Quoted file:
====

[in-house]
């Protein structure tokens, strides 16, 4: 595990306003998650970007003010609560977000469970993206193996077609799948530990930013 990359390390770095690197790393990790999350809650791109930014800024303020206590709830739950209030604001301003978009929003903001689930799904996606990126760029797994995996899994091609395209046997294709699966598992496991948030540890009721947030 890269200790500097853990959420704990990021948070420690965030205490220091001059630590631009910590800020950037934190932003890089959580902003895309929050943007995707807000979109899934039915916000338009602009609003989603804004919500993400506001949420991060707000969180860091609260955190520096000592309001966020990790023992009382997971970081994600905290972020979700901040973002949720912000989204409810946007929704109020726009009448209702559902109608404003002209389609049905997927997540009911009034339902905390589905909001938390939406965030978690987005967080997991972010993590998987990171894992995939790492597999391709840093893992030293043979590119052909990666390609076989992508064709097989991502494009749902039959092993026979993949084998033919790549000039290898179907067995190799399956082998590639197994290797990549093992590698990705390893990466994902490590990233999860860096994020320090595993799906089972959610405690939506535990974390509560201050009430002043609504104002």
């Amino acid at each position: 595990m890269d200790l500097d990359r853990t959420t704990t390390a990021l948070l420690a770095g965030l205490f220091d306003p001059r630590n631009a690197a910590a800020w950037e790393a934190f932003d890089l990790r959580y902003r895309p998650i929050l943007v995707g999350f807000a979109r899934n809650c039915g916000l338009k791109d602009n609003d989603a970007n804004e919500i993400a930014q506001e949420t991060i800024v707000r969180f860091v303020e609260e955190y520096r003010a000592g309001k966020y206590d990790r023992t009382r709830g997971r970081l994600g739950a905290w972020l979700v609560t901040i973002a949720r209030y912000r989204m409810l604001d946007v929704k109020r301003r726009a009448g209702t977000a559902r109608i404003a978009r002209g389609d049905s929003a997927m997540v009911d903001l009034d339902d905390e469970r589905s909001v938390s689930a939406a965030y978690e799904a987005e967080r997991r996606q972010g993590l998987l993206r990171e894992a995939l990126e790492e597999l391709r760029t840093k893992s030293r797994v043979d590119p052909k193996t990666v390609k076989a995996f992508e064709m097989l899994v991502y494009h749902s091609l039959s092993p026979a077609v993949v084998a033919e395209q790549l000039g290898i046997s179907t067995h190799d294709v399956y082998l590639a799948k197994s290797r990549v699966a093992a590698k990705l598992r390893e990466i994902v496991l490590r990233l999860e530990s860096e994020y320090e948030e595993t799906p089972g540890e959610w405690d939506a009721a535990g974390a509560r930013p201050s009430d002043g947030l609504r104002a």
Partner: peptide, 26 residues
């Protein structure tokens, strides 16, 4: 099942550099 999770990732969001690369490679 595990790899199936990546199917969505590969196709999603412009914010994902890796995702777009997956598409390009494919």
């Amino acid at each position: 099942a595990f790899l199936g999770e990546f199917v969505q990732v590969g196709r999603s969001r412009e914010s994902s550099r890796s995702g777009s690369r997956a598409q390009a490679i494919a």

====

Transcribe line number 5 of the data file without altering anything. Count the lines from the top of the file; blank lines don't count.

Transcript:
């Protein structure tokens, strides 16, 4: 099942550099 999770990732969001690369490679 595990790899199936990546199917969505590969196709999603412009914010994902890796995702777009997956598409390009494919």